Duck Egg Scotch Eggs


Duck eggs are larger than a hen’s egg with a creamier yolk. They go beautifully with sausages or black pudding, and a shallow-fried Scotch egg like this is just the way to introduce them. These make a great snack with a beer or cocktail or will make your co-workers envious of your packed lunch.

Use good quality ingredients here. The sausages should be made from well-seasoned pork without extra flavourings. The breadcrumbs must come from good stale bread or you could buy quality white or panko breadcrumbs. Avoid those canisters of golden breadcrumbs. A little treat like a duck egg needs respect.


  • 6 duck eggs
  • 8 pork sausages, skinned
  • 150 g plain flour, seasoned
  • 2 hens’ eggs, beaten
  • 150 g breadcrumbs
  • 250 ml vegetable oil for frying


Start by soft boiling your eggs. Pour boiling water from a kettle into a medium saucepan and bring it back up to a rolling boil. Lower the eggs in carefully and boil for 6½ minutes. Remove the eggs from the boiling water immediately and plunge into ice cold water to stop them cooking any further. The yolks should be slightly soft inside but the whites firm enough to handle. Let them cool and then peel them carefully.

Skin the sausages and break the meat up a bit. Make sure it is well chilled before you wrap it round the eggs or it will split and expose the egg (I keep it in the fridge until needed). Set out everything you need to coat the eggs before you start. Put the seasoned flour in one bowl, the beaten egg in another one next to it and, finally, the breadcrumbs in a third.

Pour the oil into a high-sided frying pan to a depth of about 4 cm and allow it to heat up over a medium heat while you wrap the eggs. Don’t use olive oil. It has too strong a flavour, and it won’t get hot enough so the eggs will end up soggy.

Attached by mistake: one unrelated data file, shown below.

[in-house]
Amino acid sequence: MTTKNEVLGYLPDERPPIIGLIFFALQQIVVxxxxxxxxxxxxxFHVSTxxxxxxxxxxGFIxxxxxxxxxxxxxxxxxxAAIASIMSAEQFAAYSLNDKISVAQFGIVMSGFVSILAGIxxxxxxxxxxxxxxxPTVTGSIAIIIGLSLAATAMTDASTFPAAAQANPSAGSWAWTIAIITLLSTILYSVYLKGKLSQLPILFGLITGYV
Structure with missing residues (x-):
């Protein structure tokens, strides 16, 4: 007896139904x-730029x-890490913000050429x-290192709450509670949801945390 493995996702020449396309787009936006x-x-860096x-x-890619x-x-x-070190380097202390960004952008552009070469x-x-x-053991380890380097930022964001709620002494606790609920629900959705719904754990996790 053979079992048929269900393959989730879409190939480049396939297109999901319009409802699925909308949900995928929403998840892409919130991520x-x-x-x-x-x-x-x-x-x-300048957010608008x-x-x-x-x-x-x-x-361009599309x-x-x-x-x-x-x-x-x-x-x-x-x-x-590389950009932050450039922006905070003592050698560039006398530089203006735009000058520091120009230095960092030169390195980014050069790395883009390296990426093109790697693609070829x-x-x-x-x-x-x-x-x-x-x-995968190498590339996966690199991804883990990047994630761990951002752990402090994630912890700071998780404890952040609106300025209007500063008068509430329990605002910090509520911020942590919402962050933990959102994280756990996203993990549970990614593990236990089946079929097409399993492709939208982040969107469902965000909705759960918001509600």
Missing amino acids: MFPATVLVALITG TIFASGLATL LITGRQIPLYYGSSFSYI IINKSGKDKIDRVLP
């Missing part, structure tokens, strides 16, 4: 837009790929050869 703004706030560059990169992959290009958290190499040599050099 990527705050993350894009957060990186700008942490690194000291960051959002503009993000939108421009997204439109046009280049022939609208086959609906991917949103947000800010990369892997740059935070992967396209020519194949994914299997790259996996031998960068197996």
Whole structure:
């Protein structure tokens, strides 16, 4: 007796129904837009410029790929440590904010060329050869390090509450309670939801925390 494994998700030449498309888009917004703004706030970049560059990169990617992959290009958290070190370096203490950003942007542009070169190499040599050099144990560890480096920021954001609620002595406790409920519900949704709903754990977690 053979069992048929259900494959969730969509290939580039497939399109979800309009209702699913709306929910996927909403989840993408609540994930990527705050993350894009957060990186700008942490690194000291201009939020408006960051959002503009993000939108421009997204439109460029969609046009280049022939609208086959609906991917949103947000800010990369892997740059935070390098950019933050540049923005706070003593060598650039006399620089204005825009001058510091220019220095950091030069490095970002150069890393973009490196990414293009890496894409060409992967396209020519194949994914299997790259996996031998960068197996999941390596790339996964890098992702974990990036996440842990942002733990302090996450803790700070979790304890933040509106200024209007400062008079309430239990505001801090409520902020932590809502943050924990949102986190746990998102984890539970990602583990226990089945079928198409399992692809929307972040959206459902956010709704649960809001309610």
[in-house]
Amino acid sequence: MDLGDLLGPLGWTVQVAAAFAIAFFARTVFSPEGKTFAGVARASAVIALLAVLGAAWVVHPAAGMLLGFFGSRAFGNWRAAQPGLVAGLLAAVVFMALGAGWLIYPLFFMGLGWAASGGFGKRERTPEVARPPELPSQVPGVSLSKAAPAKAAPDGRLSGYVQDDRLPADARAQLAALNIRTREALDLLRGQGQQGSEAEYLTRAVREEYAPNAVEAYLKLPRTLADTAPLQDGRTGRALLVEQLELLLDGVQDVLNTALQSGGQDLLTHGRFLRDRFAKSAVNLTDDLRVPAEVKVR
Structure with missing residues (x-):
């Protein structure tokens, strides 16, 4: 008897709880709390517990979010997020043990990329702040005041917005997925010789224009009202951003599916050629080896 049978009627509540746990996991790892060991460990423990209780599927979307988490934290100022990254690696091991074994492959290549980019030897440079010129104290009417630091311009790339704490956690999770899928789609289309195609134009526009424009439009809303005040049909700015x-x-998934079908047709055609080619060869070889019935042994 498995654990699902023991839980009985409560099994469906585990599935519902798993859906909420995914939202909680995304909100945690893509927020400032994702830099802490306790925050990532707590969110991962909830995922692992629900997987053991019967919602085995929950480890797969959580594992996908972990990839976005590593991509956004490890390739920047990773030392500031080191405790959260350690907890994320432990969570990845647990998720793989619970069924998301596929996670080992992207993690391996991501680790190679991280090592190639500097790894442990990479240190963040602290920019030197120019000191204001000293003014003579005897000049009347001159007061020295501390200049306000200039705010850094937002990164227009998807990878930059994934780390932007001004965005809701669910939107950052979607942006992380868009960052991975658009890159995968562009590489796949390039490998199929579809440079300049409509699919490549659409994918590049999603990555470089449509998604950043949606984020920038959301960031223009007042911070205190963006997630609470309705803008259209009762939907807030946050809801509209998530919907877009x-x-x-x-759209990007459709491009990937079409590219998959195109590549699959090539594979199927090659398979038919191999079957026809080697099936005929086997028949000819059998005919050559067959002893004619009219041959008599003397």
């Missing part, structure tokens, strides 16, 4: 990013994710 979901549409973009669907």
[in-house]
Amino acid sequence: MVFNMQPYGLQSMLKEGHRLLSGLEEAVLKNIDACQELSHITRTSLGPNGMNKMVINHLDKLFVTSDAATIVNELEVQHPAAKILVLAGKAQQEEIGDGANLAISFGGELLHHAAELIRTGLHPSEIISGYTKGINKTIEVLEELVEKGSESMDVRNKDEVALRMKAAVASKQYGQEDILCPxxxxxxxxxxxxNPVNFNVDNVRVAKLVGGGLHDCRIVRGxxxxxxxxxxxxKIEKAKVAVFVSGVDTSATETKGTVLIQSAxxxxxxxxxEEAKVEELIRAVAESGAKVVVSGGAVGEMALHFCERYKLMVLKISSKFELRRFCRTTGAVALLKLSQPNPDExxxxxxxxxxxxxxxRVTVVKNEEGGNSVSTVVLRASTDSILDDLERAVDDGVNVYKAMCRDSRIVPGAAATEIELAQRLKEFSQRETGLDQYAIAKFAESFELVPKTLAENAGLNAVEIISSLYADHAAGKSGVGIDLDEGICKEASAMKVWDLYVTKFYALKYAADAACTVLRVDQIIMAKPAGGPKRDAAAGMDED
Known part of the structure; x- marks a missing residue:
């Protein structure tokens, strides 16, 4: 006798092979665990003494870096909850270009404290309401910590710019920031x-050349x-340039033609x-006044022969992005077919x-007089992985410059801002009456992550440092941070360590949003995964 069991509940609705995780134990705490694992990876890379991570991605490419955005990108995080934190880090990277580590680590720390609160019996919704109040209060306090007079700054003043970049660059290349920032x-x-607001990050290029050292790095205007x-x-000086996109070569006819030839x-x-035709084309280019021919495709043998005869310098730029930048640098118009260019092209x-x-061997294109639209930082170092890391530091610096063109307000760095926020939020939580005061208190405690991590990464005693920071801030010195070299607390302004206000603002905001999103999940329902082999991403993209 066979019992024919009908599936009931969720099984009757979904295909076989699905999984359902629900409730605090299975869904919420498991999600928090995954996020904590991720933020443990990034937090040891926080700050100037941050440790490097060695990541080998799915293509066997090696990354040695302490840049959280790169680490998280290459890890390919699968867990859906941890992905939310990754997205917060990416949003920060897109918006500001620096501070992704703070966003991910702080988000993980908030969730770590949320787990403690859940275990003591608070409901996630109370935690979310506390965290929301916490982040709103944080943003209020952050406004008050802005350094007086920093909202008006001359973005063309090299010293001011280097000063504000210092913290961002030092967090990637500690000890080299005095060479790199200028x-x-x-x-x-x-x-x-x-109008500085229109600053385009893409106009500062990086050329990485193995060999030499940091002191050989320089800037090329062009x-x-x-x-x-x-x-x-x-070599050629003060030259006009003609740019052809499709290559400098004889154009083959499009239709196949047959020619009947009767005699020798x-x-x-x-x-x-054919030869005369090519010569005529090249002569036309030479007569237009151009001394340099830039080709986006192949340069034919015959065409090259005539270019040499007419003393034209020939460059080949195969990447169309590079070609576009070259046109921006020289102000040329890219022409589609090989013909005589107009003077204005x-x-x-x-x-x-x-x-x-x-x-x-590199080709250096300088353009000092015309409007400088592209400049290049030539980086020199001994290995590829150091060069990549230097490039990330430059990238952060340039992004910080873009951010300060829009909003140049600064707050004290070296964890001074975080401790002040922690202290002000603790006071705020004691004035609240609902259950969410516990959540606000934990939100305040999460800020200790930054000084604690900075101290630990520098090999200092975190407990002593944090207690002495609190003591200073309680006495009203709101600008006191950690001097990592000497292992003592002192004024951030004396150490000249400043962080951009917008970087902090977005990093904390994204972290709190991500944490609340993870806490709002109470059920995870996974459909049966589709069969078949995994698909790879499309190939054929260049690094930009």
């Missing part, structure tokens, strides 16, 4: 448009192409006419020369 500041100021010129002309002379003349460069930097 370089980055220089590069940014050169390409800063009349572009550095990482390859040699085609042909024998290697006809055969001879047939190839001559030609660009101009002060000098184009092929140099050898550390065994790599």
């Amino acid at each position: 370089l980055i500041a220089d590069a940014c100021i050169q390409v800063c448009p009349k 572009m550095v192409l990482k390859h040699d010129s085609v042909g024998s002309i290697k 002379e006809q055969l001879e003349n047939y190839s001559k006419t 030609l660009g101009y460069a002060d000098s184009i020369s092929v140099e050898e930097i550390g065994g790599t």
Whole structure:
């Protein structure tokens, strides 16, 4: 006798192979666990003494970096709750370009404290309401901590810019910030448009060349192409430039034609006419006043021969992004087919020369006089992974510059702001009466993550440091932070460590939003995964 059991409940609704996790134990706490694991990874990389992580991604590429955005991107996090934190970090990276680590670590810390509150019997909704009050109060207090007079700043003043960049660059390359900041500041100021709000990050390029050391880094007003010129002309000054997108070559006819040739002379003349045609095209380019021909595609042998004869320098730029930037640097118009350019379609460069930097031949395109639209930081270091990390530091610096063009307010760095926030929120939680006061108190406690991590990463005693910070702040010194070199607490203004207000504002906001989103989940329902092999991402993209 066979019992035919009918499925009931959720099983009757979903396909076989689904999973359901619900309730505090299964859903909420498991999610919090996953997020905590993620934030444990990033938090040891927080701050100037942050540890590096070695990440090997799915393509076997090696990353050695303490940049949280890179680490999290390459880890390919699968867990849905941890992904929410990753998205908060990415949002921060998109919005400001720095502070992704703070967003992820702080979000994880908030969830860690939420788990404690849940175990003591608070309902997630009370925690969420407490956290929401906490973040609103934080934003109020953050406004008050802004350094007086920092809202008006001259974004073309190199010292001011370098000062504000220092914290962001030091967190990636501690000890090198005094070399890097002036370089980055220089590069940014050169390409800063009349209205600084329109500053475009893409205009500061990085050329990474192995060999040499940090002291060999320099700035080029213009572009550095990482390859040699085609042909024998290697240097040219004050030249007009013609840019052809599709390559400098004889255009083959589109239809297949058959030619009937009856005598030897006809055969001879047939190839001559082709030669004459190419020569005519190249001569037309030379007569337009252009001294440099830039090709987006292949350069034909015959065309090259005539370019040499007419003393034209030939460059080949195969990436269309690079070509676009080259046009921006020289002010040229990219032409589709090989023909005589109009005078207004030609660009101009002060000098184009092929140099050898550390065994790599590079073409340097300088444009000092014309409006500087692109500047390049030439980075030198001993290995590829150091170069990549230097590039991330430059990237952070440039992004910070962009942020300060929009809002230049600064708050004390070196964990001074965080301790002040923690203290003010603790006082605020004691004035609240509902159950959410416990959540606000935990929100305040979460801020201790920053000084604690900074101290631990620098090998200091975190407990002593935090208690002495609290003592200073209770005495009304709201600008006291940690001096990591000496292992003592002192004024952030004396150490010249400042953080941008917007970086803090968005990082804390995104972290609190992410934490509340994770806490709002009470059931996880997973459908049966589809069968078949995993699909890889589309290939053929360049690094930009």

Dab your clean hands in flour and lift a handful of sausage-meat. Make a flat burger-like patty about the size of the palm of your hand and fold it over the cooled egg, aiming to cover it completely. You can patch with extra meat, but it’s better to cover it in one go if you can. Each egg takes a little bit more than one sausage so you will need all eight. Once the egg is wrapped in sausage-meat, roll it in the seasoned flour and tap any excess off. Dip it in the beaten egg and then roll in the breadcrumbs, covering it all well. Shake any excess off. Set on a plate. Repeat until all six eggs are wrapped, dipped, crumbed and ready.

Check your oil. If it is shimmering rather than bubbling, lower the eggs in carefully. Do three at a time so as not to overcrowd the pan and make the eggs greasy. The eggs should be about three-quarters covered in oil. Fry the eggs on each side for 4–5 minutes, turning them gently with a slotted spoon or tongs. The breadcrumbs should be golden brown. If the oil is too hot, take the eggs out and reduce the heat slightly before continuing. Remove the eggs from the pan with a slotted spoon and drain on kitchen roll.

Repeat with the remaining eggs. Eat warm with mustard or tomato chutney or serve cold with the condiment and cocktail of your choice. Try not to drip the perfectly soft yolk on your chin...